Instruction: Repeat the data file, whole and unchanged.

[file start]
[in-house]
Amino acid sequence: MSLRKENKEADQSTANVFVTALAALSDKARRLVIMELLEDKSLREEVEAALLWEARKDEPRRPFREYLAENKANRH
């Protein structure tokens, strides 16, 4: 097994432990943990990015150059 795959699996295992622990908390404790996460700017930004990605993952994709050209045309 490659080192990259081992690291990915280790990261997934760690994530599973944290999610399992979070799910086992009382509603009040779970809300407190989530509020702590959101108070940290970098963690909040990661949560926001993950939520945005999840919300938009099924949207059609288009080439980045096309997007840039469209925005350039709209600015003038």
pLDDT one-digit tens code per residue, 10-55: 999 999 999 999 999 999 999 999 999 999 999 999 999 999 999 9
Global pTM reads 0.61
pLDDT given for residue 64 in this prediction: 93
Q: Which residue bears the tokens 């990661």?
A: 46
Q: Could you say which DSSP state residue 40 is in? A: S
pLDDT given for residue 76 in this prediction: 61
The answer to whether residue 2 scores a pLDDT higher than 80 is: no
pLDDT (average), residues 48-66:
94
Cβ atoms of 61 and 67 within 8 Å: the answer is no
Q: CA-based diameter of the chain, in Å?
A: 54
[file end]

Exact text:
[in-house]
Amino acid sequence: MSLRKENKEADQSTANVFVTALAALSDKARRLVIMELLEDKSLREEVEAALLWEARKDEPRRPFREYLAENKANRH
């Protein structure tokens, strides 16, 4: 097994432990943990990015150059 795959699996295992622990908390404790996460700017930004990605993952994709050209045309 490659080192990259081992690291990915280790990261997934760690994530599973944290999610399992979070799910086992009382509603009040779970809300407190989530509020702590959101108070940290970098963690909040990661949560926001993950939520945005999840919300938009099924949207059609288009080439980045096309997007840039469209925005350039709209600015003038």
pLDDT one-digit tens code per residue, 10-55: 999 999 999 999 999 999 999 999 999 999 999 999 999 999 999 9
Global pTM reads 0.61
pLDDT given for residue 64 in this prediction: 93
Q: Which residue bears the tokens 């990661």?
A: 46
Q: Could you say which DSSP state residue 40 is in? A: S
pLDDT given for residue 76 in this prediction: 61
The answer to whether residue 2 scores a pLDDT higher than 80 is: no
pLDDT (average), residues 48-66:
94
Cβ atoms of 61 and 67 within 8 Å: the answer is no
Q: CA-based diameter of the chain, in Å?
A: 54